Perhaps the only way to truly capture Los Angeles in the 1970s is through the personal accounts of those who lived through this forgotten decade. Luis Rodriguez, an L.A. born Poet Laureate and author, went through his teenage years in the seventies. He wrote that “to truly love L.A., you have to see it through different eyes, askew, perhaps, beyond the fantasy-induced Hollywood spectacles.”
David Kukoff, the L.A. native and editor of Los Angeles in the 1970s: Weird Scenes Inside the Goldmine, set the tone of his anthology with this description of the city in the Poet’s Corner of Wardman Library last Thursday night. Visiting Professor of English Joe Donnelly hosted a panel of three writers to discuss their contributions to the book.
Released last November and a finalist for the Foreword INDIES award for Best Anthology of 2016, the book is made up of 29 original essays, all of which capture a vivid image of Los Angeles in the 1970s.
Donnelly began the night by introducing the panel, which included himself, L.A. based journalist and essayist Lynell George, (who has previously written for both the L.A. Times and L.A. Weekly), veteran actor Del Zemora, (who guest starred in T.V. and film from True Blood to Born in East L.A. and Repo Man), and Kukoff, an L.A. native screenwriter and reporter.
Kukoff said that he wrote his book because he always felt that the seventies was the last decade where the city still felt like the ‘wild west.’, “I really wanted to explore what was so crazy and interesting about the city before it evolved into its current place,” Kukoff said. “Before it became this major metropolis that's very much becoming America's most important and interesting city... there was a lot more going on under the surface that meets the eye.”
Donnelly brought together the panel to match the multiple narratives that are necessary to tell L.A.’s 1970s story in its totality. “L.A. is a city of neighborhoods and a city of stories, and they’re often geographically and psychically entwined,” Donnelly said, before thanking the guests and introducing Kukoff to the crowd of 30.
The writers each took a turn reading small portions of their contributed chapters in the book. Each chapter was distinct, having a clear individual voice and highlighting specific moments of the 1970s. For instance, Del Zemora recounted the tumultuous scene of the 1970 Chicano Moratorium, an East Los Angeles demonstration attended by more than a thousand people at Laguna Park. The Moratorium gathered to protest the racial targeting of police brutality and the Vietnam War draft, among other things.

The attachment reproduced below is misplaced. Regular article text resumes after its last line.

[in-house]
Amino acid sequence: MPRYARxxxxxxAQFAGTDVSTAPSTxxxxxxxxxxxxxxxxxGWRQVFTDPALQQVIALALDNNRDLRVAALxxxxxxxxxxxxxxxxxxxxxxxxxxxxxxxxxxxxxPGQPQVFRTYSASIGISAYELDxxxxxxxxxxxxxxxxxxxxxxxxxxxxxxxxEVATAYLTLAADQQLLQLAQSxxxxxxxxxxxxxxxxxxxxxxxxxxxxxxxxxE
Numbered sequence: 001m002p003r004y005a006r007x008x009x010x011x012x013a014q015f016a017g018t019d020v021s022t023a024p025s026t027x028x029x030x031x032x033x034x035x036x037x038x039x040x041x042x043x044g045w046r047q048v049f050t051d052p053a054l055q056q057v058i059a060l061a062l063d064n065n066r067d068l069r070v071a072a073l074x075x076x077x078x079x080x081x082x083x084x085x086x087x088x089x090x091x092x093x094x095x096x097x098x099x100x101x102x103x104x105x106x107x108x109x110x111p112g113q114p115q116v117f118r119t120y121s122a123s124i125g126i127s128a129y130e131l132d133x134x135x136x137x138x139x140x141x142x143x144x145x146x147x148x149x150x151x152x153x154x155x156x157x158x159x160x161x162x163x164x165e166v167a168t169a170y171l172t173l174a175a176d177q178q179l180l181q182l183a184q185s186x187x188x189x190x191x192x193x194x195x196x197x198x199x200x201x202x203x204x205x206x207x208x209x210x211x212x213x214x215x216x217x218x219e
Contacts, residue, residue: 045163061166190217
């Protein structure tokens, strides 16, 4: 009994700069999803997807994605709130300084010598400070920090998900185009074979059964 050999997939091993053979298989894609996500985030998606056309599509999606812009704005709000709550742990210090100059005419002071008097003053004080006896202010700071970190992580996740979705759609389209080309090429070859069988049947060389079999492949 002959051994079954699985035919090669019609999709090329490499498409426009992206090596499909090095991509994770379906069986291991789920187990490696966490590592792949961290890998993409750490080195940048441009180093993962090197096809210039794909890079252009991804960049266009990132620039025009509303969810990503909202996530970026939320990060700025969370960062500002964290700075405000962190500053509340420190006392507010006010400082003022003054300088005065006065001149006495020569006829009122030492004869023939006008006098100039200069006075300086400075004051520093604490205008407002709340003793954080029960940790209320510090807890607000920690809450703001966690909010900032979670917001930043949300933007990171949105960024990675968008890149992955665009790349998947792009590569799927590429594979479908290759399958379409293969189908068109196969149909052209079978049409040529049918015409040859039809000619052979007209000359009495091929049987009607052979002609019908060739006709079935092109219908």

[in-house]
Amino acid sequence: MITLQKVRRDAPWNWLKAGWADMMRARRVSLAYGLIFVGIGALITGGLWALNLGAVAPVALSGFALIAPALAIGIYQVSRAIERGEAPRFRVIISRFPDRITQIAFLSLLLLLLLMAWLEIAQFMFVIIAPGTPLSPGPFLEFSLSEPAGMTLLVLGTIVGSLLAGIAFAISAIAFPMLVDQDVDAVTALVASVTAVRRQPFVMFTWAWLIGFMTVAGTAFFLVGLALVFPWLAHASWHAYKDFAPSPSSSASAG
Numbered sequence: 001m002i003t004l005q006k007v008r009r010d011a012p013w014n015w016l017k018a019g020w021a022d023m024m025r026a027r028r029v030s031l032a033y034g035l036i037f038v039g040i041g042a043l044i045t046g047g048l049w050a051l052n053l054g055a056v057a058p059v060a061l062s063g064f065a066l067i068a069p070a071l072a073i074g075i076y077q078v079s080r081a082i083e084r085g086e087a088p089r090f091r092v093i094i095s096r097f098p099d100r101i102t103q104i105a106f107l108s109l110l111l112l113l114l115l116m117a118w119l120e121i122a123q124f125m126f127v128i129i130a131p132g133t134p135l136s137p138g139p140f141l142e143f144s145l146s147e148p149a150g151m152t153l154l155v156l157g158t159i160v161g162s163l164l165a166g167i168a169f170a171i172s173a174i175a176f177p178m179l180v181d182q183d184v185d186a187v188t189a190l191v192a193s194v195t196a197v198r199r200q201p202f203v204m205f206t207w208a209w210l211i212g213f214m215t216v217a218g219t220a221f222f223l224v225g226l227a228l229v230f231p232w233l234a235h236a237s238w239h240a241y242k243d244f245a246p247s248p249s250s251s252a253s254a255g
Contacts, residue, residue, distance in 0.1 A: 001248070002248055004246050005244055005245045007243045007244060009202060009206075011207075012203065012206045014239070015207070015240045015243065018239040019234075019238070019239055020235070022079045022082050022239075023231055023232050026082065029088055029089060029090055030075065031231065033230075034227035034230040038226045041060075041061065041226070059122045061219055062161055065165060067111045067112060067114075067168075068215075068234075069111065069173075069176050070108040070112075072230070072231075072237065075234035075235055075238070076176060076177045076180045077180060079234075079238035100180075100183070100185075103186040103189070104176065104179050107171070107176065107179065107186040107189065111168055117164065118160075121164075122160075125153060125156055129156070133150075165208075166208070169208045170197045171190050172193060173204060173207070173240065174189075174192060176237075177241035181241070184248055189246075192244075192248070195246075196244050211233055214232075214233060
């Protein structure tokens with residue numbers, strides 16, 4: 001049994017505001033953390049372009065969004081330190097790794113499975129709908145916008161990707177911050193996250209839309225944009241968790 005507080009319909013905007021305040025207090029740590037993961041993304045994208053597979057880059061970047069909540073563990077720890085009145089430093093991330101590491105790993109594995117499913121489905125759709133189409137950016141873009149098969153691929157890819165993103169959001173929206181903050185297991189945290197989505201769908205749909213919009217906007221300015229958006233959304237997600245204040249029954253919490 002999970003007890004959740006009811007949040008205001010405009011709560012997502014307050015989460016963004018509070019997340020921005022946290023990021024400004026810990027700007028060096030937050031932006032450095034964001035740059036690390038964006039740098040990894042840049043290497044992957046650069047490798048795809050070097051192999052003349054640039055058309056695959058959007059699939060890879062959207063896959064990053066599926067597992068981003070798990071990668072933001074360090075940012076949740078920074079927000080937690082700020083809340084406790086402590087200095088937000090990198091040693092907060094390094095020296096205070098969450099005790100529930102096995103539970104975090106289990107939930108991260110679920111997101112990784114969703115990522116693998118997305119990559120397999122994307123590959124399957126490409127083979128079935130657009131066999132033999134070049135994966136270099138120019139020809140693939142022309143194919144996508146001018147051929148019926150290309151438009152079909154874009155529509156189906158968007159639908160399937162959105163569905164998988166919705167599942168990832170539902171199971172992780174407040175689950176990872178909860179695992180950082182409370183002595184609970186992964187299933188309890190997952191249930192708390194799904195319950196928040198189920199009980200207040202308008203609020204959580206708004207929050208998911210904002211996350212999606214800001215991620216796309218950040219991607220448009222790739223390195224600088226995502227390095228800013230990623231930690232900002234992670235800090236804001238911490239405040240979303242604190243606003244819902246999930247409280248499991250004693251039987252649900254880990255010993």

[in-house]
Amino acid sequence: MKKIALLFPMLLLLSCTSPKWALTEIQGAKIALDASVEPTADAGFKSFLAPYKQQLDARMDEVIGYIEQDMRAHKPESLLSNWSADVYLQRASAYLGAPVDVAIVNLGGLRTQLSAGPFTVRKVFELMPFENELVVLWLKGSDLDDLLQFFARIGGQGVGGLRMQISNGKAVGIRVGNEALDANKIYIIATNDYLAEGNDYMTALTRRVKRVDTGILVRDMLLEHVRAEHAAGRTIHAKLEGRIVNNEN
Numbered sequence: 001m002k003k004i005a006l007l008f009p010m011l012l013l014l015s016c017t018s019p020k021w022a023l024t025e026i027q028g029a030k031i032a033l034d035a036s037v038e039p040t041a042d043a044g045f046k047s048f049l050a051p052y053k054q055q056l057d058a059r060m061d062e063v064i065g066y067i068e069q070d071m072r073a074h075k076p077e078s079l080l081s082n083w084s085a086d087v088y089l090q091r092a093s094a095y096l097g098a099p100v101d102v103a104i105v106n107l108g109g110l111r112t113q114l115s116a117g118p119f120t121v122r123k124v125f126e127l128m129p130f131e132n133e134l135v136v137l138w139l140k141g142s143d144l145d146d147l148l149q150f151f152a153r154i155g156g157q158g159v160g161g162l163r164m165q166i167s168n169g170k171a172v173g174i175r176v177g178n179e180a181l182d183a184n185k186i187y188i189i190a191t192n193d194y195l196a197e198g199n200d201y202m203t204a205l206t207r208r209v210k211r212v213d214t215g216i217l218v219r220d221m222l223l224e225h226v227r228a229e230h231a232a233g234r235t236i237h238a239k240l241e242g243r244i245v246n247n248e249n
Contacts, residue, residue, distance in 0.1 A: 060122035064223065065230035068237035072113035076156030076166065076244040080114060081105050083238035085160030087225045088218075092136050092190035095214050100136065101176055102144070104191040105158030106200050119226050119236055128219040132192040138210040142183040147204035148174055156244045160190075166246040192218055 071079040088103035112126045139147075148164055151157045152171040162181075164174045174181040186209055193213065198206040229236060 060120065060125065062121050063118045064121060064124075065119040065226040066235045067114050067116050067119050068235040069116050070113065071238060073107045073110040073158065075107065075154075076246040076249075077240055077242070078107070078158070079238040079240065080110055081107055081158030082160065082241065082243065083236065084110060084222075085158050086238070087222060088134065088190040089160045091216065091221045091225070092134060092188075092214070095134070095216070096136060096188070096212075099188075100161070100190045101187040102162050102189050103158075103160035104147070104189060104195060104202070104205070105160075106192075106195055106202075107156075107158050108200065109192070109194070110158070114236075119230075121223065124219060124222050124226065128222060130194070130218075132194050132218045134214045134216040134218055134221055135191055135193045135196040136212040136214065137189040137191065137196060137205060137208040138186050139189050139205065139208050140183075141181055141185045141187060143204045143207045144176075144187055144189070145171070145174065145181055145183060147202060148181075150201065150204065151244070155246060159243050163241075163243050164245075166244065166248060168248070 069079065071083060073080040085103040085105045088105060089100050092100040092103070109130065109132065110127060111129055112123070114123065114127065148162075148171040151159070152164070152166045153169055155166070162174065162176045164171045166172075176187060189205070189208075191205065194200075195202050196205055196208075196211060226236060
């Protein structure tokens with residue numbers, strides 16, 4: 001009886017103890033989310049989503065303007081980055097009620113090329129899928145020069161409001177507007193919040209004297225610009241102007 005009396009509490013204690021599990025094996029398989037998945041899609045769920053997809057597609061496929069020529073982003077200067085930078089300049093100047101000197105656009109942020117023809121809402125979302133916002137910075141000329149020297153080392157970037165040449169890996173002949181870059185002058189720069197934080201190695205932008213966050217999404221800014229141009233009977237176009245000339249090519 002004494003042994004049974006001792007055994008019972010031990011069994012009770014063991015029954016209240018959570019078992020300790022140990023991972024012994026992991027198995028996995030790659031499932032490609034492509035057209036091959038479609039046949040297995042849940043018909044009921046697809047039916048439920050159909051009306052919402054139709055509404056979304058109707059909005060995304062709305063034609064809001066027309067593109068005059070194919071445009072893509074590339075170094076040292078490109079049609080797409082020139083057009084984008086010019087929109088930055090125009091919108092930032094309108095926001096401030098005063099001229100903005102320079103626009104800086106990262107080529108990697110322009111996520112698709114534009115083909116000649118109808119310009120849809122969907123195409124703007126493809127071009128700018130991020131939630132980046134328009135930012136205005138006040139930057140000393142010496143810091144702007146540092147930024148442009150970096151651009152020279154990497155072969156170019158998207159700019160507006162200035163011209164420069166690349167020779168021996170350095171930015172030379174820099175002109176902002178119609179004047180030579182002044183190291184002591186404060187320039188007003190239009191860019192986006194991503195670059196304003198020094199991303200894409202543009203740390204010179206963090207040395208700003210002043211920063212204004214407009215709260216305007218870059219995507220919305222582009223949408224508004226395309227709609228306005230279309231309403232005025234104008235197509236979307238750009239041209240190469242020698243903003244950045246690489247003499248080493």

The park is now named Salazar Park after Ruben Salazar, a bilingual journalist and reporter who was killed by a sheriff on that day, along with two other moratorium participants. “It’s a history that’s been swept under the carpet because the society doesn’t like to revisit history that makes them feel guilty, or bad, or that they were doing anything that was untoward towards the communities,” Zemora said. Telling the story of L.A. in the seventies, would be incomplete without this history.
After the panelists’ recitals, Kukoff asked the three writers a series of questions in order to place the book’s significance in a modern context. Soon after, the panel opened up for a quick question-and-answer session. An ongoing theme running through the talk was the “brutal and demoralizing sameness of gentrification,” said Donnelly, who wrote about surfing counterculture in Venice, a beach which is now “a playground, like Manhattan, for the rich.”
George wrote about the physical and emotional boundaries that run through different racially diverse and often segregated regions of Los Angeles. Her experience included moving houses and learning to understand how to safely navigate these regions in her adolescence. While she said those spaces still exist in Los Angeles today, she also mentioned the new factor that spaces face today: gentrification.
“I’m writing a lot about gentrification today… that and homelessness seem to be the topic of our region,” said George. “This displacement, and the history that goes with it, and these stories about how it was once this and it is now this... that’s going away too, and those stories are very important.”
The night rounded off with a raffling-off of three copies of the book and an invitation to indulge in the assortment of donuts placed off to the side of the panel, as students spread to mingle with each other and the panelists themselves. Although these incidents occurred, they still continue to mold the City of Angels that we know today.